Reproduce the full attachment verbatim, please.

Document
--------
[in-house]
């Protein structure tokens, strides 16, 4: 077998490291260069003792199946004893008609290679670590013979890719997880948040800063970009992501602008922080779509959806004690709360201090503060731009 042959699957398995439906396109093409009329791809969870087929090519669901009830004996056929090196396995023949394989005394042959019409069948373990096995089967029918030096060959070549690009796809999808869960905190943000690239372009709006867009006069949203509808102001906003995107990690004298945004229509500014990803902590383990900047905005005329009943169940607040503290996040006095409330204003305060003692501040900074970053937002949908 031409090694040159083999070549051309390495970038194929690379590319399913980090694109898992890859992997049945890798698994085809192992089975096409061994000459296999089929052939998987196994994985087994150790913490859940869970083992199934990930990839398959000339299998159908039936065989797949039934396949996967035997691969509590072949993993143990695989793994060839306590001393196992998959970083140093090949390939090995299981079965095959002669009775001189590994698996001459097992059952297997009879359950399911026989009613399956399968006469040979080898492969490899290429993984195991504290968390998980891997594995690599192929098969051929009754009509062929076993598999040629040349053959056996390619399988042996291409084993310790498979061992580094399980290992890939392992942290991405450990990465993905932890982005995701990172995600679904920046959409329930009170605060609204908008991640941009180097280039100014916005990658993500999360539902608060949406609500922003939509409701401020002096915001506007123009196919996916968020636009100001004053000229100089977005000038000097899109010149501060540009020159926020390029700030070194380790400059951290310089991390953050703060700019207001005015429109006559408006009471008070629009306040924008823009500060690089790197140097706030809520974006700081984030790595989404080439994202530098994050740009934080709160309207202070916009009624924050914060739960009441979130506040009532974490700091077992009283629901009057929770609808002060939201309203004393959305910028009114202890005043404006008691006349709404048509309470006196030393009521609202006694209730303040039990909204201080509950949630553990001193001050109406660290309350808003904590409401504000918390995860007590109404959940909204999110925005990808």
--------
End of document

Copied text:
[in-house]
């Protein structure tokens, strides 16, 4: 077998490291260069003792199946004893008609290679670590013979890719997880948040800063970009992501602008922080779509959806004690709360201090503060731009 042959699957398995439906396109093409009329791809969870087929090519669901009830004996056929090196396995023949394989005394042959019409069948373990096995089967029918030096060959070549690009796809999808869960905190943000690239372009709006867009006069949203509808102001906003995107990690004298945004229509500014990803902590383990900047905005005329009943169940607040503290996040006095409330204003305060003692501040900074970053937002949908 031409090694040159083999070549051309390495970038194929690379590319399913980090694109898992890859992997049945890798698994085809192992089975096409061994000459296999089929052939998987196994994985087994150790913490859940869970083992199934990930990839398959000339299998159908039936065989797949039934396949996967035997691969509590072949993993143990695989793994060839306590001393196992998959970083140093090949390939090995299981079965095959002669009775001189590994698996001459097992059952297997009879359950399911026989009613399956399968006469040979080898492969490899290429993984195991504290968390998980891997594995690599192929098969051929009754009509062929076993598999040629040349053959056996390619399988042996291409084993310790498979061992580094399980290992890939392992942290991405450990990465993905932890982005995701990172995600679904920046959409329930009170605060609204908008991640941009180097280039100014916005990658993500999360539902608060949406609500922003939509409701401020002096915001506007123009196919996916968020636009100001004053000229100089977005000038000097899109010149501060540009020159926020390029700030070194380790400059951290310089991390953050703060700019207001005015429109006559408006009471008070629009306040924008823009500060690089790197140097706030809520974006700081984030790595989404080439994202530098994050740009934080709160309207202070916009009624924050914060739960009441979130506040009532974490700091077992009283629901009057929770609808002060939201309203004393959305910028009114202890005043404006008691006349709404048509309470006196030393009521609202006694209730303040039990909204201080509950949630553990001193001050109406660290309350808003904590409401504000918390995860007590109404959940909204999110925005990808």